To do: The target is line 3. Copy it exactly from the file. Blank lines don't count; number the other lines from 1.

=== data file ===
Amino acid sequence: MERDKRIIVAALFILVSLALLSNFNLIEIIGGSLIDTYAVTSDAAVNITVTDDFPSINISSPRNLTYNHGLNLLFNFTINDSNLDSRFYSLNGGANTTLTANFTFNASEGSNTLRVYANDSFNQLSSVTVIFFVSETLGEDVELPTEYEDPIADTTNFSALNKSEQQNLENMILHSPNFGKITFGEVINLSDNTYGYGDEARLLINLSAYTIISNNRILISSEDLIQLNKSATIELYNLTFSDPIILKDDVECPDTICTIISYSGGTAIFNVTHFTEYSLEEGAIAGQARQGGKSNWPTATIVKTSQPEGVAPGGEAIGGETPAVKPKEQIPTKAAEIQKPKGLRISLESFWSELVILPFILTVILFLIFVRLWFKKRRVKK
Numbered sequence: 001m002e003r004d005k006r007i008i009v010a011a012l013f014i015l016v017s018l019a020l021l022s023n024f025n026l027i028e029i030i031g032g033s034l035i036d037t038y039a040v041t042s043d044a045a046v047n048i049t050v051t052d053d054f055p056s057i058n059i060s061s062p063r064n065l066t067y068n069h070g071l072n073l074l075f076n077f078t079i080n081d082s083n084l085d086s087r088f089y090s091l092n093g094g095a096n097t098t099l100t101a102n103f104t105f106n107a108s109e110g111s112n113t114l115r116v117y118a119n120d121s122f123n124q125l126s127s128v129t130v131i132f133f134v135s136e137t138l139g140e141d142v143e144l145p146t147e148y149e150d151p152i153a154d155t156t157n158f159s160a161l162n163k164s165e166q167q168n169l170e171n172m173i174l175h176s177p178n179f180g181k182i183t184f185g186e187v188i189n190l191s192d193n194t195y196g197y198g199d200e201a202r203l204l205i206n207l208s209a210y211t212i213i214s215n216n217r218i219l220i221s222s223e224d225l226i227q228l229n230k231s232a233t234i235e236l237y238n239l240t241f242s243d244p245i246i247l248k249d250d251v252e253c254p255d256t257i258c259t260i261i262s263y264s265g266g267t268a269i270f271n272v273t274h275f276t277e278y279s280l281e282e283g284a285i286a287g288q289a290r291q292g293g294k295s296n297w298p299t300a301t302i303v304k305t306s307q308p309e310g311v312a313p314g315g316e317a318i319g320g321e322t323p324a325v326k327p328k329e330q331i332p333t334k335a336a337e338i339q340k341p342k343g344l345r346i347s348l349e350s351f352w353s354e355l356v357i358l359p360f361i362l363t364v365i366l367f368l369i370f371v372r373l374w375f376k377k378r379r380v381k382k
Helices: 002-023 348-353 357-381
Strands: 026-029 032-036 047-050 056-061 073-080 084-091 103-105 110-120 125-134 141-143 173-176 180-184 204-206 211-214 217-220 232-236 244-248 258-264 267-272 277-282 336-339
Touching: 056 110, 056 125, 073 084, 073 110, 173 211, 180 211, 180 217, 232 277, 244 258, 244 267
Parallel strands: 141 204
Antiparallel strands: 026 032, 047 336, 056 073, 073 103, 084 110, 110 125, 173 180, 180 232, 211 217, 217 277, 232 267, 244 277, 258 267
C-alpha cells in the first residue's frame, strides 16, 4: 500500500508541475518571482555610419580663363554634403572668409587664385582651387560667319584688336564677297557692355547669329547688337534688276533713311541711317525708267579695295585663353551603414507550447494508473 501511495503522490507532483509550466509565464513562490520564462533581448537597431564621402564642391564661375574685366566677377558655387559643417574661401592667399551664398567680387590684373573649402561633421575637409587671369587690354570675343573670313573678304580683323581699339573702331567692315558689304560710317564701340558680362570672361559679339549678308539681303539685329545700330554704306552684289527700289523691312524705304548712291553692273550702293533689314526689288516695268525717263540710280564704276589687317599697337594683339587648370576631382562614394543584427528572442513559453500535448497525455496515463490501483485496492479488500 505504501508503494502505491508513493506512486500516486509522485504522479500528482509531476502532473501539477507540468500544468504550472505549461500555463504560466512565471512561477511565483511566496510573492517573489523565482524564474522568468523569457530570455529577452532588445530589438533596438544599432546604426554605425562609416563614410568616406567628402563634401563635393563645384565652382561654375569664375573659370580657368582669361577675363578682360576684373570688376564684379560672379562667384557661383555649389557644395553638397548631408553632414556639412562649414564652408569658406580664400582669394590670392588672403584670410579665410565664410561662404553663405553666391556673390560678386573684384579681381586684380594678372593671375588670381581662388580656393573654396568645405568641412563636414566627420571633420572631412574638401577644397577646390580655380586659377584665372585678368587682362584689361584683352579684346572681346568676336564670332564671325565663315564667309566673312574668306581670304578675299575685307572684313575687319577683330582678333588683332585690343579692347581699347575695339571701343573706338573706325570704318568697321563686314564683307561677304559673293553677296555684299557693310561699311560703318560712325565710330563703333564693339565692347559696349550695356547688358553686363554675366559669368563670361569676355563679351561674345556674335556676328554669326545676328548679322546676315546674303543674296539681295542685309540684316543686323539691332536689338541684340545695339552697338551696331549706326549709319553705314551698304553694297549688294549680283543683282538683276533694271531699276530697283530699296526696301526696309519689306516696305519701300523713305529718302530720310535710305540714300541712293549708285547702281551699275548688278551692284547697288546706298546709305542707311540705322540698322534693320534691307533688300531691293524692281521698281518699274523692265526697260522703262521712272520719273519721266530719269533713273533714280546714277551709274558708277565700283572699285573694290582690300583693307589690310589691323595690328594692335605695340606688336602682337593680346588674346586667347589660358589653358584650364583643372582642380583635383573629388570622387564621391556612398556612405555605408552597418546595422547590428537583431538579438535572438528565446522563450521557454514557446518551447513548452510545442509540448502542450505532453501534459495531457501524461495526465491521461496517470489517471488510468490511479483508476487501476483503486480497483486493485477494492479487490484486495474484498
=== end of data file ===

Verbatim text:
Helices: 002-023 348-353 357-381